This opinion will be unpublished and

may not be cited except as provided by

Minn. Stat. § 480A.08, subd. 3 (2002).






Paul J. Taunton,





Kathleen M. Picotte Newman,



Todd Freeman, et al.,



Filed December 24, 2002


Mulally, Judge*


Hennepin County District Court

File No. MP0119537


Jerome S. Rice, Jerome S. Rice & Associates, 3455 Plymouth Boulevard, Suite 170, Plymouth, MN 55447 (for appellant)


Joseph W. Anthony, Karlyn Vegoe Boraas, Anthony, Ostlund & Baer, P.A., 90 South Seventh Street, Suite 3600, Minneapolis, MN 55402 (for respondent Kathleen M. Picotte Newman)


William M. Hart, Katherine A. McBride, J. Richard Bland, Damon L. Highly, Meagher & Geer P.L.L.P., 4200 Multifoods Tower, 33 South Sixth Street, Minneapolis, MN 55402. (for respondents Todd Freeman and Larkin, Hoffman, Daly & Lindgren)



            Considered and decided by Peterson, Presiding Judge, Willis, Judge, and Mulally, Judge.

U N P U B L I S H E D   O P I N I O N


            Paul J. Taunton (Taunton) alleges his previous attorneys, individually and as members of law firm Larkin, Hoffman, Daly & Lindgren (collectively, respondents), committed legal malpractice, which forced him to enter into a settlement agreement in excess of his desired amount.  The district court dismissed his claim under rule 12 as barred under the in pari delicto doctrine.  We affirm.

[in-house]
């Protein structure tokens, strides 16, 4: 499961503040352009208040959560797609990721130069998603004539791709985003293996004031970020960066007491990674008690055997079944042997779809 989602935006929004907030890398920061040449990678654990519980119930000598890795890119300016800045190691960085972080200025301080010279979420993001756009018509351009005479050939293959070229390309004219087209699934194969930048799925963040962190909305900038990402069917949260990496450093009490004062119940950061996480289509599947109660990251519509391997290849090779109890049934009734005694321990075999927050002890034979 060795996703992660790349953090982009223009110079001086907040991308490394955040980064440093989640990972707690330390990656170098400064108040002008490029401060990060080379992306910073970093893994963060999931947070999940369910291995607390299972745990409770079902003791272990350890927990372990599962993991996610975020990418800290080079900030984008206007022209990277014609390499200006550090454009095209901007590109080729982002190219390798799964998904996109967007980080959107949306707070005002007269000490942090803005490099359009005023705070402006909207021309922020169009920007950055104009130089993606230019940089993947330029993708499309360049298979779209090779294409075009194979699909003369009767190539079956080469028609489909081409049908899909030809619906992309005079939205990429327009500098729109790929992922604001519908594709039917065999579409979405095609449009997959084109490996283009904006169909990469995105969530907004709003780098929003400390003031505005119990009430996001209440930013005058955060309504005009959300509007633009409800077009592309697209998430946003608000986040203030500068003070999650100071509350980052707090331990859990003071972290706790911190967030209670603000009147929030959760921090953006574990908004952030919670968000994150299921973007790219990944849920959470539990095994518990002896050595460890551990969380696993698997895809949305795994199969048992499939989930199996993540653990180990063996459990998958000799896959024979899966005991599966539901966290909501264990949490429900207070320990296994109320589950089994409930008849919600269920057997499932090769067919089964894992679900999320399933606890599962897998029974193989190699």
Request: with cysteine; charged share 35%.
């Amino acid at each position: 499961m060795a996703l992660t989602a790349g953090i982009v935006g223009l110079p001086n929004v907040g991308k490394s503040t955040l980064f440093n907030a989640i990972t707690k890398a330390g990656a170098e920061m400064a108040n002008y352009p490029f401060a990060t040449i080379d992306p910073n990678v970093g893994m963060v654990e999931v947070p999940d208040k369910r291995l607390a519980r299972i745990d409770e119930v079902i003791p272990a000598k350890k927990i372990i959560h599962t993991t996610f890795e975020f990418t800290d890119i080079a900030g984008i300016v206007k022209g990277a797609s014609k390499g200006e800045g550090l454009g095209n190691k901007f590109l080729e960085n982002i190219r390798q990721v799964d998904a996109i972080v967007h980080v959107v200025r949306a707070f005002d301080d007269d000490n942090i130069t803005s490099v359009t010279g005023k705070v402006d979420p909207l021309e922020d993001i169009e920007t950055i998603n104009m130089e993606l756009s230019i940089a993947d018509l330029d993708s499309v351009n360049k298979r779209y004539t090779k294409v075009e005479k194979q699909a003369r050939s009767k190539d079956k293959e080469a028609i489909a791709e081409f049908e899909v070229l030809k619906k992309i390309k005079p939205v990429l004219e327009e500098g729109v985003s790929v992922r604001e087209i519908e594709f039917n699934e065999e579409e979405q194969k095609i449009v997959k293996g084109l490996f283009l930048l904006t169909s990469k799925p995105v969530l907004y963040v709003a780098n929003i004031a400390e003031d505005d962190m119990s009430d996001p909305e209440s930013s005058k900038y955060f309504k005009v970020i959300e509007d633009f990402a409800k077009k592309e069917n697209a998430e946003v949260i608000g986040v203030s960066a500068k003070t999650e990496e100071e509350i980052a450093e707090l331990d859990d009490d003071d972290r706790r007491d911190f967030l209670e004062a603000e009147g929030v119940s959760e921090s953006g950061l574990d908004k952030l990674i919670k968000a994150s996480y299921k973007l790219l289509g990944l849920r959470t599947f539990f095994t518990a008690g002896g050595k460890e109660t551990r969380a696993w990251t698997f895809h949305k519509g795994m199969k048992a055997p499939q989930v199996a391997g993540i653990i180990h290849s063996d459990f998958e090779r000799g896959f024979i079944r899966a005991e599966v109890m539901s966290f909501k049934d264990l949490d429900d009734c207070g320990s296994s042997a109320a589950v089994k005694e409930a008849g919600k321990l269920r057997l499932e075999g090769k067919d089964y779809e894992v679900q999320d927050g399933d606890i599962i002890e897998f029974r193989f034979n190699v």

On October 21, 1997, the family court finalized Taunton's divorce from Debra Sax (Sax).  Nearly a year later, Sax sought to vacate the judgment and decree because Taunton failed to truthfully disclose his financial condition.  Sax commenced a lawsuit against Taunton and respondents alleging fraud. 

            The district court held an evidentiary hearing over a four-day period in May 1999 on Sax's motion to vacate the earlier judgment and decree in the divorce proceeding and concluded that Taunton “engaged in an intentional course of material misrepresentation and nondisclosure respecting the marital assets of the parties throughout the marital dissolution process.”  The court concluded, “Taunton's conduct constituted fraud on the Court and the property settlement provisions of the Judgment and Decree entered on October 21, 1997, should be vacated.”  

            The district court judge signed these findings on August 4, 1999, but did not file them.  The judge issued a scheduling order, assigning an October trial date for the property division issue.  In early September 1999, Taunton and Sax reached a mediated settlement that disposed of Sax’s claims against Taunton.  The settlement gave Sax an undisclosed amount of money in return for Sax’s case against Taunton being dismissed with prejudice. 

            On October 8, 1999, the district court partially granted respondents’ motion for summary judgment in Sax’s fraud action.  In the incorporated memorandum, the court found Sax could not meet the elements of fraud against respondents, but that she did raise jury issues on conspiracy to commit fraud based upon its earlier finding of Taunton’s fraud.  The court further stated, regarding Newman, an individual member of respondents,